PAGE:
• What kind of assessment or evaluation is necessary to determine the cause of my child’s speech delay?
  • Can you refer me to a speech-language pathologist for further evaluation and therapy?
  • How can I help support my child’s speech and language development at home?
  • Are there any lifestyle changes or modifications that could improve my child’s speech and language development?
  • How frequently will my child need to attend therapy, and for how long?
  • What can I do to help ensure that my child stays motivated and engaged in their therapy sessions?
  • What kind of resources are available to help me learn more about speech and language development and how I can support my child?

By asking these questions, you can gain a better understanding of your child’s speech delay and what steps you can take to help support their speech and language development. A paediatrician can provide guidance and support and can refer you to additional resources as needed.

Tips to Help Your Child with Speech Delay

In addition to seeking professional help, there are things that parents can also help their child improve their speech and language skills at home. Here are some tips:

  • Engage in conversation with your child: Talk to your child frequently, even if they are not yet speaking in full sentences.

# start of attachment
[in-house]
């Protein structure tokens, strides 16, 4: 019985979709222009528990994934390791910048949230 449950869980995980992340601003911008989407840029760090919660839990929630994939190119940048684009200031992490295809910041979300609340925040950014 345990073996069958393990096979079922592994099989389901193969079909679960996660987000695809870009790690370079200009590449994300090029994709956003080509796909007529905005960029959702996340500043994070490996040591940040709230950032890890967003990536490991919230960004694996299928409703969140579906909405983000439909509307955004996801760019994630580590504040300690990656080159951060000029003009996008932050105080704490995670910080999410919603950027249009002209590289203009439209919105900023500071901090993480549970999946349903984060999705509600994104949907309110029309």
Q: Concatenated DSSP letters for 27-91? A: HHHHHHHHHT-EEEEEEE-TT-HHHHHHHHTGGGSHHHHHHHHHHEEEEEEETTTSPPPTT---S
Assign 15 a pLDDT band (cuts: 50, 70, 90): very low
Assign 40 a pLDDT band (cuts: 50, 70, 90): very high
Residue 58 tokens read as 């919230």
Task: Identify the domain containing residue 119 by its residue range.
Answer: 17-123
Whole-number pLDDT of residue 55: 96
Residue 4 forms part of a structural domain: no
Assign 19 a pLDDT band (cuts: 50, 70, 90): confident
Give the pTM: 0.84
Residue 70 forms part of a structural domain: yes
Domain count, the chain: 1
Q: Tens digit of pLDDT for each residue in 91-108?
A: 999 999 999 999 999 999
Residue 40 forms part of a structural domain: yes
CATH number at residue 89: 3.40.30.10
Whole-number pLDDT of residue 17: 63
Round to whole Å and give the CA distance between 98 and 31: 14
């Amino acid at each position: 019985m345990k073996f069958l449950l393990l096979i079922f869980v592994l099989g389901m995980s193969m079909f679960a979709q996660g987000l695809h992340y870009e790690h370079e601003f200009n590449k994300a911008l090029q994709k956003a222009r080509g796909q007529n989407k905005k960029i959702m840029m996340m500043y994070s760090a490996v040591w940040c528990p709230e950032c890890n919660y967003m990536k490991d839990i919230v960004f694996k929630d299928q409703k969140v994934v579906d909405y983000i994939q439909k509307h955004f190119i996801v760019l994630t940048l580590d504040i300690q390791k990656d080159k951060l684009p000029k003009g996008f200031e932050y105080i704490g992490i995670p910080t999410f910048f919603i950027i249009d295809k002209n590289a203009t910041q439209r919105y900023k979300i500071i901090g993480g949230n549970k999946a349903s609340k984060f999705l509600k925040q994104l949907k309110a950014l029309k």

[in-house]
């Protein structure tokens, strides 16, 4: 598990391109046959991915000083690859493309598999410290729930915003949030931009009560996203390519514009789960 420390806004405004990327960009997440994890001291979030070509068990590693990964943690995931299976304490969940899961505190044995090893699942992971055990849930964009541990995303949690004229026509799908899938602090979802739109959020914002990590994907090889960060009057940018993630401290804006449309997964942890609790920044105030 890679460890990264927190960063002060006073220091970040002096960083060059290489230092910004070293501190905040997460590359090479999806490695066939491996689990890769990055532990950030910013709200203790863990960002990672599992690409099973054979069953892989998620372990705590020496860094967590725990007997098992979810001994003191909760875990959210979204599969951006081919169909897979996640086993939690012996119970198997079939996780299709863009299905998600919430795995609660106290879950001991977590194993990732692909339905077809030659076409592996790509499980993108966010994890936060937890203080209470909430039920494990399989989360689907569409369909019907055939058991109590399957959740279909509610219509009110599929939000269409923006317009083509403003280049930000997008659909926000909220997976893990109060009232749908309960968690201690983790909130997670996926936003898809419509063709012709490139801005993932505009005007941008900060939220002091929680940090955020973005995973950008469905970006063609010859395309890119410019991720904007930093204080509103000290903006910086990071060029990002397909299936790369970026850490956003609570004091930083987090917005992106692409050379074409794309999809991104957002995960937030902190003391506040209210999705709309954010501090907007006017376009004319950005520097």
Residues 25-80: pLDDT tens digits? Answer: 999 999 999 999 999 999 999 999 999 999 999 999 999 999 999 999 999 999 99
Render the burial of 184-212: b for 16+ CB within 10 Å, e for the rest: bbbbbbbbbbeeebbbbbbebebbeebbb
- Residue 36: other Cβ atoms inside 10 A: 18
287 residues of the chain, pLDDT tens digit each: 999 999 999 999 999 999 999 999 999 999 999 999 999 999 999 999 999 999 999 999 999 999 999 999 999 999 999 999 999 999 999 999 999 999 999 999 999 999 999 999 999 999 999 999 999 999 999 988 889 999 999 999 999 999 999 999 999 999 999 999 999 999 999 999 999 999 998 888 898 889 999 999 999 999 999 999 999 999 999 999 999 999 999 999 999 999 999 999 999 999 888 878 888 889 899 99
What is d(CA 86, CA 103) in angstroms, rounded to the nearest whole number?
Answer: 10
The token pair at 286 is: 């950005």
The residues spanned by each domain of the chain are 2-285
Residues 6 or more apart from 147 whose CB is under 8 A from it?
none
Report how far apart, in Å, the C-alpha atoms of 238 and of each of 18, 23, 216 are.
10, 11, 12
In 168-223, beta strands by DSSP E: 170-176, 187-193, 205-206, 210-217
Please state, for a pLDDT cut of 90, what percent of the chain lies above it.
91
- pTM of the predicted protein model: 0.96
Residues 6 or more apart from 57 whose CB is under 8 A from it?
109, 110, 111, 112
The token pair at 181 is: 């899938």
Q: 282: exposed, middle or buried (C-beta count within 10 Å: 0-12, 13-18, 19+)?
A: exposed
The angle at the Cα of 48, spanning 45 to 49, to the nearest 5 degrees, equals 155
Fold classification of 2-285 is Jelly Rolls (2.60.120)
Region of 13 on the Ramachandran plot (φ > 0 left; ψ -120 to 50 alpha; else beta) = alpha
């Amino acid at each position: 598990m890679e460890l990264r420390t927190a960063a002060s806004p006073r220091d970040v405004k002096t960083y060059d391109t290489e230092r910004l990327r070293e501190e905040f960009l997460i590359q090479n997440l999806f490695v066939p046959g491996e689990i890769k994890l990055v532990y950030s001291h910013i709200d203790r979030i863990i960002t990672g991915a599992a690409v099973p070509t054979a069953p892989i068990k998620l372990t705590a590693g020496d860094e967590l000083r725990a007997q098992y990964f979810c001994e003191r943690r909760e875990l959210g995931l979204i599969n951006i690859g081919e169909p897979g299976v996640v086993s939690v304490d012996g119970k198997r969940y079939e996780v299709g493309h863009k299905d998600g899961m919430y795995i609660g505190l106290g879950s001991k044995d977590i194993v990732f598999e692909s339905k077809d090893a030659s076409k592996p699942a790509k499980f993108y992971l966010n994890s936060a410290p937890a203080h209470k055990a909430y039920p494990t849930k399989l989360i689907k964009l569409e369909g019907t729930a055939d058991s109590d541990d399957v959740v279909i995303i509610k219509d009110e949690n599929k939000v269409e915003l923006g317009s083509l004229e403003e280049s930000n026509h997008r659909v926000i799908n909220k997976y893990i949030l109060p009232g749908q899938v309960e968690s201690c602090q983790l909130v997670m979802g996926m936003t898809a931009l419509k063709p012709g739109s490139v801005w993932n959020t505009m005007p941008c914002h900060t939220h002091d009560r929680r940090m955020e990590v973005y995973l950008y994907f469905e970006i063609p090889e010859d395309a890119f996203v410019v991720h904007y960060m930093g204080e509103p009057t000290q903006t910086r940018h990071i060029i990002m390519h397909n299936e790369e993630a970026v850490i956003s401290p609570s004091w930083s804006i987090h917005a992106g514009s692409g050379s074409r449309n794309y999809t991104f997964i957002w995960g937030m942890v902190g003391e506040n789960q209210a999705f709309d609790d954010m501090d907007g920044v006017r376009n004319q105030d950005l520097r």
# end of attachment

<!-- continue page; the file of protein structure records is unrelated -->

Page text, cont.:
• Encourage them to respond with gestures or sounds and respond to their attempts at communication.
  • Read books together: Reading books can help improve your child’s language skills and expose them to new words and concepts.
  • Use simple and clear language: Use simple and clear language when talking to your child and avoid using baby talk or talking down to them.
  • Encourage play and social interaction: Encourage your child to play with others and participate in social activities that promote communication and interaction with others.

It is important to remember that every child is unique, and the signs and symptoms of speech and language difficulties may vary from child to child. By providing a rich language environment and seeking professional help as needed, you can help support your child’s speech and language development.

Reviewed by Dr Janice Wong on 23 March 2023. 
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Dr Janice Wong Tzen Yuen
Paediatric Neurologist 

Dr Janice Paediatric Centre
A wholly owned subsidiary of   Singapore Women’s & Children’s Medical Group
101 Irrawaddy Road
#14-07 Royal Square
Singapore 329565
Tel: +65 65138633

Dr Janice Wong is experienced in the management of new born and children disease, paediatric neurology, childhood behavioural and developmental disorders such as global developmental delay, speech delay, autistic spectrum disorder and ADHD. She is also trained to manage children with cerebral palsy and other neuro-disabilities. Dr Wong is also one of the few trained paediatricians who performs botulinum toxin therapy for spasticity.